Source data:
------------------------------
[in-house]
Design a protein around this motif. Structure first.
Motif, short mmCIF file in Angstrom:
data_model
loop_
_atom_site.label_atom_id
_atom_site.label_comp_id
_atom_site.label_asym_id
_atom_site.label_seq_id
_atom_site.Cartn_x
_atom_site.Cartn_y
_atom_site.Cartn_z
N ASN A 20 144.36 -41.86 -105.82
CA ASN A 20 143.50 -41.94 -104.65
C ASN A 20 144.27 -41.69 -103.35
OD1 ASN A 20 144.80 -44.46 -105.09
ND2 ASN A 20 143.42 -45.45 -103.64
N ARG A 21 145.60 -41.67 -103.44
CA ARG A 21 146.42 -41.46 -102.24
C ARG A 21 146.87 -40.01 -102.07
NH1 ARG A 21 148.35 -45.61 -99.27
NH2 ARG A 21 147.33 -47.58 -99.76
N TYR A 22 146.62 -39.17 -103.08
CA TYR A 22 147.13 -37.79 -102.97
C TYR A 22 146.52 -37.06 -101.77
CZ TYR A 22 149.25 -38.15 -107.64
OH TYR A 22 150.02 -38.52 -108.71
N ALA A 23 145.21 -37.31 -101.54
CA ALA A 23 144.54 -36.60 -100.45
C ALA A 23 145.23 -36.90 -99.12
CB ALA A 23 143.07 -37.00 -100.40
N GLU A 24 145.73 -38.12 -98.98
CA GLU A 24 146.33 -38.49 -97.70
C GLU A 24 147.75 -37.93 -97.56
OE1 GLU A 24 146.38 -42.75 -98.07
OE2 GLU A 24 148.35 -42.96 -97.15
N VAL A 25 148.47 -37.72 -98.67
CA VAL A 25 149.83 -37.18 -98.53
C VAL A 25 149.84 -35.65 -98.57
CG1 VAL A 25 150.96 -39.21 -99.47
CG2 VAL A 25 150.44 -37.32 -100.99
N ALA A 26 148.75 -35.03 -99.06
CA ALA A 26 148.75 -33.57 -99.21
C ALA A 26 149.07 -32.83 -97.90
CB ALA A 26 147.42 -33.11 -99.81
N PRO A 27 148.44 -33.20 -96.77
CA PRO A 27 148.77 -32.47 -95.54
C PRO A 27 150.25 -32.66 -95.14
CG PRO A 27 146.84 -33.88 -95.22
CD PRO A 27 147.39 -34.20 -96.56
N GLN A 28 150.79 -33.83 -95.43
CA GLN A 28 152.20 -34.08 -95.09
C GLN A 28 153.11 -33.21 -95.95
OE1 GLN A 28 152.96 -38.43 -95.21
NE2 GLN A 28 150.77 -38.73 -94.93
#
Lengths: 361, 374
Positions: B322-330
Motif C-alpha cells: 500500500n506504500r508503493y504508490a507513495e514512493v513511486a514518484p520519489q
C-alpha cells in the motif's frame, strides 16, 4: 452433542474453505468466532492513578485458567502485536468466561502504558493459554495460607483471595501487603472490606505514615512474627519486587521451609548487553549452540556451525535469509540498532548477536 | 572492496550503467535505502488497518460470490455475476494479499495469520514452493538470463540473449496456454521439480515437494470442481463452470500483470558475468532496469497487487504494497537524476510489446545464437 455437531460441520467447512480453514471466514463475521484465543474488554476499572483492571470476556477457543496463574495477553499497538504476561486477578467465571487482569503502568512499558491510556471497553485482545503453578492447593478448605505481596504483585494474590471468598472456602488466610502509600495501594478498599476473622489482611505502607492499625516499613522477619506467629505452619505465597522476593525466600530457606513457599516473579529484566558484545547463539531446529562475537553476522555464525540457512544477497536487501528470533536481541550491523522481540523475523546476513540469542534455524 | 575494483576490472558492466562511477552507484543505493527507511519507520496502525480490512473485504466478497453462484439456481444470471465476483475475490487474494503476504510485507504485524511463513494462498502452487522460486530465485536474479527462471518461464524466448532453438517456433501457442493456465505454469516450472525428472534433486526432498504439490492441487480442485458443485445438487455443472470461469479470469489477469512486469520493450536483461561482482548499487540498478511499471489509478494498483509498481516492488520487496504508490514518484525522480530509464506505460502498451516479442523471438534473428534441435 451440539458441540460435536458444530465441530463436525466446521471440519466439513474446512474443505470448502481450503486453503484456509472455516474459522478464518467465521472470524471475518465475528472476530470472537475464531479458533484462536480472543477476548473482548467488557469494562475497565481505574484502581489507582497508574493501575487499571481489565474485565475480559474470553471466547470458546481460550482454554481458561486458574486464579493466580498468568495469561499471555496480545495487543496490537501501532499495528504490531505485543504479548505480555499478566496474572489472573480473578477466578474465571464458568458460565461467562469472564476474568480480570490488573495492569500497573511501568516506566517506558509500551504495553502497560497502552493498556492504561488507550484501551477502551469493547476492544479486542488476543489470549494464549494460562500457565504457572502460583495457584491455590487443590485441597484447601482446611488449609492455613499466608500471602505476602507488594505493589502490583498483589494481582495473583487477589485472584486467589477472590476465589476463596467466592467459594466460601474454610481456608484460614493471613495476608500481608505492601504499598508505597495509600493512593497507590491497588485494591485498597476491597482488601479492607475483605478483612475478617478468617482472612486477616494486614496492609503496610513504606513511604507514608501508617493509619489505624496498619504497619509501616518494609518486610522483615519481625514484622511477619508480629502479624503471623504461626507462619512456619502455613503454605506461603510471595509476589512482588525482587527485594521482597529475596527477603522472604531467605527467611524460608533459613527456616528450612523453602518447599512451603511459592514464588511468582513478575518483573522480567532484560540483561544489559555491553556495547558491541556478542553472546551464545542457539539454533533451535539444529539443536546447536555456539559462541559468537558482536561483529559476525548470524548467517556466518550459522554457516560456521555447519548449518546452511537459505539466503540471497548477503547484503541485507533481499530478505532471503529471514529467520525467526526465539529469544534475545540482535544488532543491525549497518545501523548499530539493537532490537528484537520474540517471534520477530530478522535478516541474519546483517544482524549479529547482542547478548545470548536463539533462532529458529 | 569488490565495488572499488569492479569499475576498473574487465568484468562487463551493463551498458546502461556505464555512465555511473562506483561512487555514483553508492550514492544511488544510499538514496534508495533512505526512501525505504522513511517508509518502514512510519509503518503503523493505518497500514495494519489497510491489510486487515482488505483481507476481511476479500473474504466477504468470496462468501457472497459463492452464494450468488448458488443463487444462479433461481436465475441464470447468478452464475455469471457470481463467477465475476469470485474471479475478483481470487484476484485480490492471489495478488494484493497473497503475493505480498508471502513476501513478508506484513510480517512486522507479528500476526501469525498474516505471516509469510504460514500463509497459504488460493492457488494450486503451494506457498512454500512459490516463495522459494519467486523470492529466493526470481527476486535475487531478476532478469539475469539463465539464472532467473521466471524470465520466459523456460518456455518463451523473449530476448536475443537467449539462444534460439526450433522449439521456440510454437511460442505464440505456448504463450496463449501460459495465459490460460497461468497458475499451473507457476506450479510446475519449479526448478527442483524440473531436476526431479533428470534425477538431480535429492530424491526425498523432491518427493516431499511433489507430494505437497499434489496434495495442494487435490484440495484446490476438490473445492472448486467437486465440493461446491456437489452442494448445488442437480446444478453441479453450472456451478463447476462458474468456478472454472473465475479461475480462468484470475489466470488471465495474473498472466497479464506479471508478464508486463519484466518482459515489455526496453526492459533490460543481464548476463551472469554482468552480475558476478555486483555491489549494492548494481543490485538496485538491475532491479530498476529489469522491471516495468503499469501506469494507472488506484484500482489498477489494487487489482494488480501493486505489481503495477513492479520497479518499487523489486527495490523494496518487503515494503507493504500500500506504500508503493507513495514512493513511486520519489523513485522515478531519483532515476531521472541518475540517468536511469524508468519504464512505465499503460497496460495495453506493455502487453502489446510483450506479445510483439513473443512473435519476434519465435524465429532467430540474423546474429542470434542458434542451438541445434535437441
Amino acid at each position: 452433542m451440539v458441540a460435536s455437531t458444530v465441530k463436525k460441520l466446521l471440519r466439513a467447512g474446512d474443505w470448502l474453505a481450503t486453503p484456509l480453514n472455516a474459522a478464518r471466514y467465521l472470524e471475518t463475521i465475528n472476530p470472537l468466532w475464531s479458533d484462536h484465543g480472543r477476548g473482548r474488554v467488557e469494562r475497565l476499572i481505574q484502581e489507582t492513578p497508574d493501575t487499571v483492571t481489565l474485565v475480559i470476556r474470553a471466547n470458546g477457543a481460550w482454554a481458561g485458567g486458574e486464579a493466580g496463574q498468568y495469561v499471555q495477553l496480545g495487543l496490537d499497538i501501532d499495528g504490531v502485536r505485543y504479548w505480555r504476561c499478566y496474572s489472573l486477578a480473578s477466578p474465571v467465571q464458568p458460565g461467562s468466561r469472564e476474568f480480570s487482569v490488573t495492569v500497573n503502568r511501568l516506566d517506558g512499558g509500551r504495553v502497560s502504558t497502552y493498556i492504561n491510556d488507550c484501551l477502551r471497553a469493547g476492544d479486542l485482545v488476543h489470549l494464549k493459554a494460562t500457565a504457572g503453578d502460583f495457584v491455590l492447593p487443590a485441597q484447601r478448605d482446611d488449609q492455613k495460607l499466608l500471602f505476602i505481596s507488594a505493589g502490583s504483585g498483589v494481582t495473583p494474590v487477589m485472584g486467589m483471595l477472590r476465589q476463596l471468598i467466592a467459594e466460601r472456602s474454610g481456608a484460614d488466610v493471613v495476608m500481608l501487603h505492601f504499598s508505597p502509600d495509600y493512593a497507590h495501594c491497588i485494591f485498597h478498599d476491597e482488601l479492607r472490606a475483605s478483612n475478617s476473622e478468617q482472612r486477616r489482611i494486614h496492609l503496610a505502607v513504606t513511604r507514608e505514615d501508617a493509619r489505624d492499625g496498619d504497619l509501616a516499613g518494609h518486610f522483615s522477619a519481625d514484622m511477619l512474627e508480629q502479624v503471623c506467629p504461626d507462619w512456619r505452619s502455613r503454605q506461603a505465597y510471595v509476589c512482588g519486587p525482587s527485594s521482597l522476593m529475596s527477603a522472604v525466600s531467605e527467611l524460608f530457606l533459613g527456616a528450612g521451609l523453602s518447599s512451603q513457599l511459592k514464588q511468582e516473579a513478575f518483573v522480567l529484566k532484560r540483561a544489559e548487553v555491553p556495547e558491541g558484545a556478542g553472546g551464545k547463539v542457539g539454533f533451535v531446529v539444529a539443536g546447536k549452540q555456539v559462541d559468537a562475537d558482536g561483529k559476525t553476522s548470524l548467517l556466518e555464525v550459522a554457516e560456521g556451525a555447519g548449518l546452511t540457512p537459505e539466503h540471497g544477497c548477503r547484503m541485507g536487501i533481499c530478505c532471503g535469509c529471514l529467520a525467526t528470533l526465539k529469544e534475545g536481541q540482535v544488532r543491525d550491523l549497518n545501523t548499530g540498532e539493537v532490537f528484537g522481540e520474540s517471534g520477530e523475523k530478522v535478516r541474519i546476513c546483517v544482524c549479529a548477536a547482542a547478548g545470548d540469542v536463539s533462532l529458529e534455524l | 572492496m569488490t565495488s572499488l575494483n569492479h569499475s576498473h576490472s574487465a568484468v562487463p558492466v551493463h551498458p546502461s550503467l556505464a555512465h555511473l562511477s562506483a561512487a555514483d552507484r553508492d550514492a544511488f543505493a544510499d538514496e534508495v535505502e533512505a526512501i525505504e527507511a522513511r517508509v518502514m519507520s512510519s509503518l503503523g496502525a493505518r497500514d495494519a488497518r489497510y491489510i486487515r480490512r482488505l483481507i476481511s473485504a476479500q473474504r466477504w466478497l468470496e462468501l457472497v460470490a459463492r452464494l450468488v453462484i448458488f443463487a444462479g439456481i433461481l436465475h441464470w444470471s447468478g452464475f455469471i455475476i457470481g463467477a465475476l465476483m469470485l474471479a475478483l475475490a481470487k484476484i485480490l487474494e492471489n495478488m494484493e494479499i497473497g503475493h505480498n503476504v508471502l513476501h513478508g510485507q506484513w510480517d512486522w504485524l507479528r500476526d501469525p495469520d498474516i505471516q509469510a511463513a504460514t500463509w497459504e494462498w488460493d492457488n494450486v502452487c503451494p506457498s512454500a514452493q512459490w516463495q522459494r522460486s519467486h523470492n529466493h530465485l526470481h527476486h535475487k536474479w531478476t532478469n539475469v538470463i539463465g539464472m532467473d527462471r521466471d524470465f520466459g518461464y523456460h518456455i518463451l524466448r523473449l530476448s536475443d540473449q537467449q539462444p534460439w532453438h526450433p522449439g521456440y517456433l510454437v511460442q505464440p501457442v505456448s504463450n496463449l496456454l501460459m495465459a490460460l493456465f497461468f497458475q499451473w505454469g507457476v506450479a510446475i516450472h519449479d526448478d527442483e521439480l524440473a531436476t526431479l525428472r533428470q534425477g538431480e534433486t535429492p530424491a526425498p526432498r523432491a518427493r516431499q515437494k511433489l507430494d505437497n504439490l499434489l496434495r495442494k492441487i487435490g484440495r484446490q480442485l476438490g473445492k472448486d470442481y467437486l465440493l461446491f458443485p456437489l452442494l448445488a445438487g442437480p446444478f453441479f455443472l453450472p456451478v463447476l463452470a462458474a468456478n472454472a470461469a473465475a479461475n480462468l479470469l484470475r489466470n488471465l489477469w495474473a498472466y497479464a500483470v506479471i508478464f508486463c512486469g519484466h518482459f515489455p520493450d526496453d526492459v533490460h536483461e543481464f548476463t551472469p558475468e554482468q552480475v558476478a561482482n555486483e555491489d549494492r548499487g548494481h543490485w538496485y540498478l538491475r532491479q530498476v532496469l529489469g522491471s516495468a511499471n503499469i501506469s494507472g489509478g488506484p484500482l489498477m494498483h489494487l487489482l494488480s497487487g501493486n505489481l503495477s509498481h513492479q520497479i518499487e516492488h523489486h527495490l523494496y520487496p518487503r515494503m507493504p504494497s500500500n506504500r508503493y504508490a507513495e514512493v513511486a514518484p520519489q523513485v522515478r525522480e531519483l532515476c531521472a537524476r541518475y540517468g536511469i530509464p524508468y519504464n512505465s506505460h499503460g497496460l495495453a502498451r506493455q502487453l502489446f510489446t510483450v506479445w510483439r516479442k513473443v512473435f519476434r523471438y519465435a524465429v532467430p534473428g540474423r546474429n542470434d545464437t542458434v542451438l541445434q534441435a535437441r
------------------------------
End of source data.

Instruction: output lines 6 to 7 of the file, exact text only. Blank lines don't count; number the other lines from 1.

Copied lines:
_atom_site.label_atom_id
_atom_site.label_comp_id